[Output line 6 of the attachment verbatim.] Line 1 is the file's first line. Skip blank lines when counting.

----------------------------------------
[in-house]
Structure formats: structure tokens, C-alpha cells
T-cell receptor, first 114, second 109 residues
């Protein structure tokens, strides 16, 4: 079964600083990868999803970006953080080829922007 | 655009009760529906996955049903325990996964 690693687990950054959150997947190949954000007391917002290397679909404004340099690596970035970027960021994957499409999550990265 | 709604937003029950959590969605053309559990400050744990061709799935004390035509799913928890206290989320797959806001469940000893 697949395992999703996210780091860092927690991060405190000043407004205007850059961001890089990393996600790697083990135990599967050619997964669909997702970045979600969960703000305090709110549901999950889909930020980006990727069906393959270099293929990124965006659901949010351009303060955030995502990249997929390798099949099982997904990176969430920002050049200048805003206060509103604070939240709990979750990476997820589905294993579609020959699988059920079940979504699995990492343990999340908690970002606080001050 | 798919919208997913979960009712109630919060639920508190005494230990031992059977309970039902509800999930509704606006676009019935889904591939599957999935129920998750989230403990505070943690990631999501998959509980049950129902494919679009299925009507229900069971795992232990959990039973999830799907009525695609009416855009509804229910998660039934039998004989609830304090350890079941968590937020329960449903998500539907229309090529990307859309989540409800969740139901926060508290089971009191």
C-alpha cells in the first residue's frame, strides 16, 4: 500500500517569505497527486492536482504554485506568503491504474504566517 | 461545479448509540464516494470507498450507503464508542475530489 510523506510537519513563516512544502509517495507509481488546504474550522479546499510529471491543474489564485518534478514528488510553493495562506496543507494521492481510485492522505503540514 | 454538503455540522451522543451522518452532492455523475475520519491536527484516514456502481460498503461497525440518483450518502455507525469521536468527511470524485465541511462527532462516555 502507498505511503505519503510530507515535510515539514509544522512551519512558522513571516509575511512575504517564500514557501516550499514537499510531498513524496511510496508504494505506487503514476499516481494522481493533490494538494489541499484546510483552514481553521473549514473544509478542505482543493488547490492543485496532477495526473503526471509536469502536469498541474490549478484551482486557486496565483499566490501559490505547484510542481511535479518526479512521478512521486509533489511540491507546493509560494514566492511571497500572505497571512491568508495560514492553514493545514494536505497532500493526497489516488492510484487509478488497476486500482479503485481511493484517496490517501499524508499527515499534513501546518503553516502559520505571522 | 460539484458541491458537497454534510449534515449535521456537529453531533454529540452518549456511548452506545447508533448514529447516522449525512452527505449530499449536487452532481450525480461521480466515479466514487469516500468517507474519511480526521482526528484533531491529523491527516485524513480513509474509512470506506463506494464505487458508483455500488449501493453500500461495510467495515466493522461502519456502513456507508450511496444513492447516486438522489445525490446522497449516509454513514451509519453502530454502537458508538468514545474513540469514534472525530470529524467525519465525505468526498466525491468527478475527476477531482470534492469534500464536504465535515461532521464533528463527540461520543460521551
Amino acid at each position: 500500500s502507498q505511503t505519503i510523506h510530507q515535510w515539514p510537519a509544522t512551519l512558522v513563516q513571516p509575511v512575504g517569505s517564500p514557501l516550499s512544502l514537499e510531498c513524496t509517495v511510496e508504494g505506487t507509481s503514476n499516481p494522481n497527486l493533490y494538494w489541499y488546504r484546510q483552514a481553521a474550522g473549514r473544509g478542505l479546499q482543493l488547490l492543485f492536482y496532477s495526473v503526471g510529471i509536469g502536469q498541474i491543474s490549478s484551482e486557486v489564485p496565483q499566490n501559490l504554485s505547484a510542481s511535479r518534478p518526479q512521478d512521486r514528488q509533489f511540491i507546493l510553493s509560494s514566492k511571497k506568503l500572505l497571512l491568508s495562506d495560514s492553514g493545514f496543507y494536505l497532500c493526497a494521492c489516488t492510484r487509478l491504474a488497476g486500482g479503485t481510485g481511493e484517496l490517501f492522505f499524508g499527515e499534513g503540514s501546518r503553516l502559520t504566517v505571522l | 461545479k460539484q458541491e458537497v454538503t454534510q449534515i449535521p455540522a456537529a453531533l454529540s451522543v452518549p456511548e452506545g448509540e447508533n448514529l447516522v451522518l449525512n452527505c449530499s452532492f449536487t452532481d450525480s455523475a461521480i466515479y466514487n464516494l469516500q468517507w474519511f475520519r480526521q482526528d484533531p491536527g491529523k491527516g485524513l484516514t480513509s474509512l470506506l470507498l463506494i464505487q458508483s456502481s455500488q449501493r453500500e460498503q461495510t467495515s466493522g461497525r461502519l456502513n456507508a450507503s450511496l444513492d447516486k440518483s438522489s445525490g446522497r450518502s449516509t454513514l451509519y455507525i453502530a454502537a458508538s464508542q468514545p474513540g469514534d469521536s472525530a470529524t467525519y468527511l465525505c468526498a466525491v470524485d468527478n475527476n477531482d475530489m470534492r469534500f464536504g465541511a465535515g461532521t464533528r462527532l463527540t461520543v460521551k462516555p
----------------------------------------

Amino acid at each position: 500500500s502507498q505511503t505519503i510523506h510530507q515535510w515539514p510537519a509544522t512551519l512558522v513563516q513571516p509575511v512575504g517569505s517564500p514557501l516550499s512544502l514537499e510531498c513524496t509517495v511510496e508504494g505506487t507509481s503514476n499516481p494522481n497527486l493533490y494538494w489541499y488546504r484546510q483552514a481553521a474550522g473549514r473544509g478542505l479546499q482543493l488547490l492543485f492536482y496532477s495526473v503526471g510529471i509536469g502536469q498541474i491543474s490549478s484551482e486557486v489564485p496565483q499566490n501559490l504554485s505547484a510542481s511535479r518534478p518526479q512521478d512521486r514528488q509533489f511540491i507546493l510553493s509560494s514566492k511571497k506568503l500572505l497571512l491568508s495562506d495560514s492553514g493545514f496543507y494536505l497532500c493526497a494521492c489516488t492510484r487509478l491504474a488497476g486500482g479503485t481510485g481511493e484517496l490517501f492522505f499524508g499527515e499534513g503540514s501546518r503553516l502559520t504566517v505571522l | 461545479k460539484q458541491e458537497v454538503t454534510q449534515i449535521p455540522a456537529a453531533l454529540s451522543v452518549p456511548e452506545g448509540e447508533n448514529l447516522v451522518l449525512n452527505c449530499s452532492f449536487t452532481d450525480s455523475a461521480i466515479y466514487n464516494l469516500q468517507w474519511f475520519r480526521q482526528d484533531p491536527g491529523k491527516g485524513l484516514t480513509s474509512l470506506l470507498l463506494i464505487q458508483s456502481s455500488q449501493r453500500e460498503q461495510t467495515s466493522g461497525r461502519l456502513n456507508a450507503s450511496l444513492d447516486k440518483s438522489s445525490g446522497r450518502s449516509t454513514l451509519y455507525i453502530a454502537a458508538s464508542q468514545p474513540g469514534d469521536s472525530a470529524t467525519y468527511l465525505c468526498a466525491v470524485d468527478n475527476n477531482d475530489m470534492r469534500f464536504g465541511a465535515g461532521t464533528r462527532l463527540t461520543v460521551k462516555p